Quote from motorcycle mama
    Well...this patient happens to have a relative who is a big shot DON at a nursing home I met her one time and had to give her the attitude right back that she gave me and I hope I never have the misfortune of meeting her again. Anyway, the patient had a sinking spell/TIA and the day nurse on duty told me what happened with this relative and is worried and upset over it and I would just like to know if what I'm thinking is right.
    If you're in this patients own home then you need curb the attitude towards her family. You don't have to let anyone run you over but you can simply tune her out.

    This patient takes meds all through the day (for ex. 9am, 11am, 2pm, 5pm, etc.) and when the day nurse pulled the 9am meds she went ahead and pulled the 11am meds, set them aside in a cup and signed them out on the MAR.
    So, the hot shot grabs the MAR and when she sees that the 11am meds have been signed for she starts screaming at the day nurse, makes a big scene for the medics and all the world to see (you know, so everyone can see what a super nurse she is), saying things like don't you realize you could lose your license over this?
    The day nurse has no business mixing 9am and 11am meds. The latest the 9am meds should be given in 9:30 and the earliest the 11am meds should be given is 10:30 so I don't see her motive unless it's laziness. Goodness, only one patient to care for. I have done private duty with trached patients with loads of meds and I never had trouble giving meds on time. But it is hearsay...no complaint against you.

    I have also heard this supernurse has read through nurse's notes when she comes to visit the patient.

    Personality issues aside, is it in accordance with privacy laws and such for people (even family, and BTW, she isn't a child or grandchild) to look through patient charts when they have not been contracted out by this company to be involved in her care? It just doesn't seem right to me.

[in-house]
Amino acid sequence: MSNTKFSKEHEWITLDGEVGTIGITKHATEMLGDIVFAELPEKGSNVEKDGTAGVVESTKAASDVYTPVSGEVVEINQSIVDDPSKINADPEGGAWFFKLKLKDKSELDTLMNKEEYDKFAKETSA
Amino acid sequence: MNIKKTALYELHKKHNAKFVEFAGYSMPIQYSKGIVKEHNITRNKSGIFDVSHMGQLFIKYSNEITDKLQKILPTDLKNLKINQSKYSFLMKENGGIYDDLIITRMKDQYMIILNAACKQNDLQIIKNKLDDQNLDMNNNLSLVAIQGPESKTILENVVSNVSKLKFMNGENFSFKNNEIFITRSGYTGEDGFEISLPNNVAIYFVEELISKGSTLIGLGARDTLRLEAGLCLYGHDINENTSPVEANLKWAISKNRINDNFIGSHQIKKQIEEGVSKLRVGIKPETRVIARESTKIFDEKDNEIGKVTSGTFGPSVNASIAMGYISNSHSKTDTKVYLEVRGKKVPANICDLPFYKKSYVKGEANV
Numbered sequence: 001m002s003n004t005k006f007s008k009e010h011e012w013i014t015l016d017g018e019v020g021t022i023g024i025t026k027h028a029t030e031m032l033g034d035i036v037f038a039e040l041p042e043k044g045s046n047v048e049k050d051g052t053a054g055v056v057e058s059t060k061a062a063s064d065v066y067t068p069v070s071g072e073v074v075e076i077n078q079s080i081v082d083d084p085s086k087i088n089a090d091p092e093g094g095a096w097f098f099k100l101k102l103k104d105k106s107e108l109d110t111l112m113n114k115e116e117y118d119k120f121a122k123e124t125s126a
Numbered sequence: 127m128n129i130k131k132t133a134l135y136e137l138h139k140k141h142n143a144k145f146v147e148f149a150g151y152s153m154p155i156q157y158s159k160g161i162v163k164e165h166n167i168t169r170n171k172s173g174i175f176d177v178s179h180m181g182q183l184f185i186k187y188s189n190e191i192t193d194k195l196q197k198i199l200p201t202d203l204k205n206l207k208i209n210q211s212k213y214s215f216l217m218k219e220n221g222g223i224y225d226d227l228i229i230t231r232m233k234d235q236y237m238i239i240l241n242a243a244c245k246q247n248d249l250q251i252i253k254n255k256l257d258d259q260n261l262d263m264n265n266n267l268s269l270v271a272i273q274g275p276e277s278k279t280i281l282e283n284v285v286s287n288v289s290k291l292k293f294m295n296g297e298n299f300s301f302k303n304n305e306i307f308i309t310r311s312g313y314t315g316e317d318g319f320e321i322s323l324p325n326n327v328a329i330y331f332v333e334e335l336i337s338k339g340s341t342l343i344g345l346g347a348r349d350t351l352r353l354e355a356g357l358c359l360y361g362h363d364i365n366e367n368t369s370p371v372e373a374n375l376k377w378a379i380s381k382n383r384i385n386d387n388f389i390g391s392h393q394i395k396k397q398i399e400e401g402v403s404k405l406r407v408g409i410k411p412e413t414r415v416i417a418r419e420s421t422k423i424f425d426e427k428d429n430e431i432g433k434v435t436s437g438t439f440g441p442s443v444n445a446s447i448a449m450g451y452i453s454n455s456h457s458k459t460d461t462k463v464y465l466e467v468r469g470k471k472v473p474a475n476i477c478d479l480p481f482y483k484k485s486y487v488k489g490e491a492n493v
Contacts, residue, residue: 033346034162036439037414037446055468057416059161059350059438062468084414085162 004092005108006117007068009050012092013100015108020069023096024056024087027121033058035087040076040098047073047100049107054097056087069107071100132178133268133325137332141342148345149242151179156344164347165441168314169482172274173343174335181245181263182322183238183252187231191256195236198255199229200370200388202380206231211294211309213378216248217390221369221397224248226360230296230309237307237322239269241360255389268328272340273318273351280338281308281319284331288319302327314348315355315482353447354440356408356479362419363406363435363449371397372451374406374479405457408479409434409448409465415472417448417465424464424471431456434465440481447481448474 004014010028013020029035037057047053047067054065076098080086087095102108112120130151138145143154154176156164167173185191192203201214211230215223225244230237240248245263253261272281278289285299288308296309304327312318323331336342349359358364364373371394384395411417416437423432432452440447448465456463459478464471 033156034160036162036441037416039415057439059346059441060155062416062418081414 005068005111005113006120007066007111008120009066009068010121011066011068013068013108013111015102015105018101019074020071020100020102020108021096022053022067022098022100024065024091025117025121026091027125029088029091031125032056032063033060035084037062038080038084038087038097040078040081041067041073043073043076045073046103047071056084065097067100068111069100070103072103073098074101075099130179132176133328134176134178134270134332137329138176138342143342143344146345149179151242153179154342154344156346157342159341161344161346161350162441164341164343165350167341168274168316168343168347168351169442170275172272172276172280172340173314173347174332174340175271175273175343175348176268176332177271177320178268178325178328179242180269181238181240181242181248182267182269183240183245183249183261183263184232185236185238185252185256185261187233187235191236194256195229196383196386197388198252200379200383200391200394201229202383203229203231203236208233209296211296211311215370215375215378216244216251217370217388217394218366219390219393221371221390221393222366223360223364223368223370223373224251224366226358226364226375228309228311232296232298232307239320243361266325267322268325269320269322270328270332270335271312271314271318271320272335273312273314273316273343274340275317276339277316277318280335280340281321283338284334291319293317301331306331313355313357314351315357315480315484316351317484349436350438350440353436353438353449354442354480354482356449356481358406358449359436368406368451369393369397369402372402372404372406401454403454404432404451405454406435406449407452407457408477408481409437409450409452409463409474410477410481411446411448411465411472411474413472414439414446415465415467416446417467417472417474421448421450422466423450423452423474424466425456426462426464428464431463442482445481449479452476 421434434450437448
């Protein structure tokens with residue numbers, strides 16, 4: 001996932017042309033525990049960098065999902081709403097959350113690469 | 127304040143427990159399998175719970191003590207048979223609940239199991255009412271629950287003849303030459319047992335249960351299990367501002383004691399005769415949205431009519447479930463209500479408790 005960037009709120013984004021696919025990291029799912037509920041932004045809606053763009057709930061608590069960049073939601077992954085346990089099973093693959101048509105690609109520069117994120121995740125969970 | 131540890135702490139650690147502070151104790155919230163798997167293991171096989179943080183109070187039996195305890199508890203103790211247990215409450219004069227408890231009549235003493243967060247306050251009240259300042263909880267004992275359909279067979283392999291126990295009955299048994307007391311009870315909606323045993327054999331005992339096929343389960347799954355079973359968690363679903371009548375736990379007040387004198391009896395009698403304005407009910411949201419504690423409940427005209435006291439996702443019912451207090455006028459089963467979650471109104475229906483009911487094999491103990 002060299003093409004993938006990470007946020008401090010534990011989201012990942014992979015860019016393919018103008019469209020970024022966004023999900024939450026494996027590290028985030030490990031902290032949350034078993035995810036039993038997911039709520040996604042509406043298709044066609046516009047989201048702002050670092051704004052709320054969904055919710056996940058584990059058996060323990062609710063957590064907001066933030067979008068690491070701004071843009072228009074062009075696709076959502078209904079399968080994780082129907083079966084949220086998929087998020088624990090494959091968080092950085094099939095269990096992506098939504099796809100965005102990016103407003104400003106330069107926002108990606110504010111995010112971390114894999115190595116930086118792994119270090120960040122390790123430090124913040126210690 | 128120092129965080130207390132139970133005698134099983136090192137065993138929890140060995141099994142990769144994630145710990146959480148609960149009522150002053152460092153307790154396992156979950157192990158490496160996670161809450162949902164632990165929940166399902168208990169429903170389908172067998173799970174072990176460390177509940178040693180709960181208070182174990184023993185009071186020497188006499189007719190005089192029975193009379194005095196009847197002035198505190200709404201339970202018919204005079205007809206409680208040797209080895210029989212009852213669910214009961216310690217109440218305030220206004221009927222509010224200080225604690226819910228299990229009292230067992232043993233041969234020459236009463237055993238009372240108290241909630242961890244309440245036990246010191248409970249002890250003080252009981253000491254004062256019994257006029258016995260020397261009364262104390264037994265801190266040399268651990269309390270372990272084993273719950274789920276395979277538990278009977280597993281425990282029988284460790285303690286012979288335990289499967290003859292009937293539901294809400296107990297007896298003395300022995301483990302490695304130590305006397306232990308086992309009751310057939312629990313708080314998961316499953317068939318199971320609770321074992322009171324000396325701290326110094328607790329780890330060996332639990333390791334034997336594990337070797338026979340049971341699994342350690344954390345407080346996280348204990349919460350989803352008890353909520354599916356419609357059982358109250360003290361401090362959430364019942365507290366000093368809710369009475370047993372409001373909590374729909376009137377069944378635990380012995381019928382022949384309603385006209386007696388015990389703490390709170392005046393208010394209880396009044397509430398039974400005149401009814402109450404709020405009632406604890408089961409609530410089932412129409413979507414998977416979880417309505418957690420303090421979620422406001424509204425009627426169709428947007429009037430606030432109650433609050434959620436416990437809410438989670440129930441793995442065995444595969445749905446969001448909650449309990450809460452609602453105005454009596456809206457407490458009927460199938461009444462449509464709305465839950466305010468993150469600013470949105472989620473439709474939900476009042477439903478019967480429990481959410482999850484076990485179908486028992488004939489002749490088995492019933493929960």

The family has no business looking through the chart. There's no reason why they can't simply ask the nurse on duty how the patient is doing. Is the patient orientated? Just curious...she should have a say in this.
  11. by   woody62
    Quote from mshultz
    My hospital records for 2003, that I requested in 2004, cost $30 for 72 pages. The people were nice, but acted as though I had made some sort of improper remark by requesting my records. She tried to scare me away from a complete records request by talking about how expensive it could be. It was not a pleasant experience.

    I Emailed the Patient Advocate in 2007 to ask how to obtain my X-rays, and a color photo of my colonoscopy. The reply said to contact the records department, which is what I had done in 2004. Although the colonoscopy color print was unavailable (I had given permission to take pictures because I expected to be given copies of any pictures, based on past experience :angryfire ), I received the X-rays at no additional charge.

    I wonder if this hospital will be more willing to provide clinical information to me in the future, since I have been so aggressive in requesting my records? They seem to be philosophically opposed to providing patient education.
    The only time I have ever been angry with Sarasota Memorial was in 1999 when I requested to see my complete medical records from them. My records went back to 1990. They gave me a hard time saying they were out in a warehouse, in storage, and it would take them time to get them. I told them fine, you have five business days. Then they told me that I would have to have someone from their Medical Records Department sit with me, while I read my records and I told them what I wanted copied. And it would cost me twenty dollars an hour. I said, no thanks, I am an RN and I know what I am reading. And I will not pay to have someone sit along side of me. I had to have eighty pages copied and it cost me one hundred and twenty dollars. They charged me one dollar and fifty cents a page, which frosted me to no end. Now when I am admitted, I ask for a copy of my admitting history and physical, ER treatment, any consults, any x-rays and other special test I have to have plus my discharge summary. I still have to pay for them but now I get them without any argument.

    My parents had no problem getting any of our military medical records when my Dad was on active duty. Why do hospitals make it so hard for patients to get copies of their medical records? They act like we are trying to steal papers from the White House.

    Woody
  12. by   ginger58